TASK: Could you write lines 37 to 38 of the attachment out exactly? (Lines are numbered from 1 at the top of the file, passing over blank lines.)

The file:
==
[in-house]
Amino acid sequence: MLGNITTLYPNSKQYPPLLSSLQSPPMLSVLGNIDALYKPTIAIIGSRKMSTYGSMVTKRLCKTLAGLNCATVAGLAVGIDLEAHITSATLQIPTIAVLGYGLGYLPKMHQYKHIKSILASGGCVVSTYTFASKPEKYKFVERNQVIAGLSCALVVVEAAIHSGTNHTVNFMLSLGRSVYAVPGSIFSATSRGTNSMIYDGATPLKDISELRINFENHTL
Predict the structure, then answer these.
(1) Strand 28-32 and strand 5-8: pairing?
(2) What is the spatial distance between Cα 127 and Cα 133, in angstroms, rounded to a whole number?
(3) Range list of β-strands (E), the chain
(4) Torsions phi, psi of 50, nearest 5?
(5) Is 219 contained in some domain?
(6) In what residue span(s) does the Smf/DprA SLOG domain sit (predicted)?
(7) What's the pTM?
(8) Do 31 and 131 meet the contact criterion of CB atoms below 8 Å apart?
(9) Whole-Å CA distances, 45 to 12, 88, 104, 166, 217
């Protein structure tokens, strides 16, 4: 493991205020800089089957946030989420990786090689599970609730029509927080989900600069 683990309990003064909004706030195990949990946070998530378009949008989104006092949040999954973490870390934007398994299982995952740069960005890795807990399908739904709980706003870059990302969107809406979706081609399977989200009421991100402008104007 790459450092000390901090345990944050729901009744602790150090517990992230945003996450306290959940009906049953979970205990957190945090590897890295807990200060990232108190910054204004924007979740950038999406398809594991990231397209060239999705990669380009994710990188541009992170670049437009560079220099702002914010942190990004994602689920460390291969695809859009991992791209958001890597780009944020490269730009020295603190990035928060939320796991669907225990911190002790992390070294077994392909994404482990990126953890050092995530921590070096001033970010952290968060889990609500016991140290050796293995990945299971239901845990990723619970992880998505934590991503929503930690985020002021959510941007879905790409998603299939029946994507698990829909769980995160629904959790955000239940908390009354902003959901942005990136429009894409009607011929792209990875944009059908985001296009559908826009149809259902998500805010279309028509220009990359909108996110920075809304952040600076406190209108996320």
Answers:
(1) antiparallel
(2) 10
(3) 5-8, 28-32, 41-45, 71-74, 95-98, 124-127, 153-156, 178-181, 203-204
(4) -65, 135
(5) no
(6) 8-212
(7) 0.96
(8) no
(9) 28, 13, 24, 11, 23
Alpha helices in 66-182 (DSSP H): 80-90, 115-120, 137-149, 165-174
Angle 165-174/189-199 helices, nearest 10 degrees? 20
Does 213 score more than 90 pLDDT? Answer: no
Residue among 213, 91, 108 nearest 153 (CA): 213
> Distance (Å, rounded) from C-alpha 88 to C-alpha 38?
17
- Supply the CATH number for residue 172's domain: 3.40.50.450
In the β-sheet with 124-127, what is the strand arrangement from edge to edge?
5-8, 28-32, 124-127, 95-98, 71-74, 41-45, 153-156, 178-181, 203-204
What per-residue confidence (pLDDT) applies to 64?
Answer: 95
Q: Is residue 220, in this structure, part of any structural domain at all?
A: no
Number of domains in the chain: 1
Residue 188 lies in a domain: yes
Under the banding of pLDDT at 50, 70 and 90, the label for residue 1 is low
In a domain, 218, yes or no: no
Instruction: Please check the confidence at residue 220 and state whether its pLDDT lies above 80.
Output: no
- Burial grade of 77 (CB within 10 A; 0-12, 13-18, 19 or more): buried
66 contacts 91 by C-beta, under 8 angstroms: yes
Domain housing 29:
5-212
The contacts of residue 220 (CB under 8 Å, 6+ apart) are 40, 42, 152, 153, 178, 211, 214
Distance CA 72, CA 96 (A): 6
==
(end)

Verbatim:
Number of domains in the chain: 1
Residue 188 lies in a domain: yes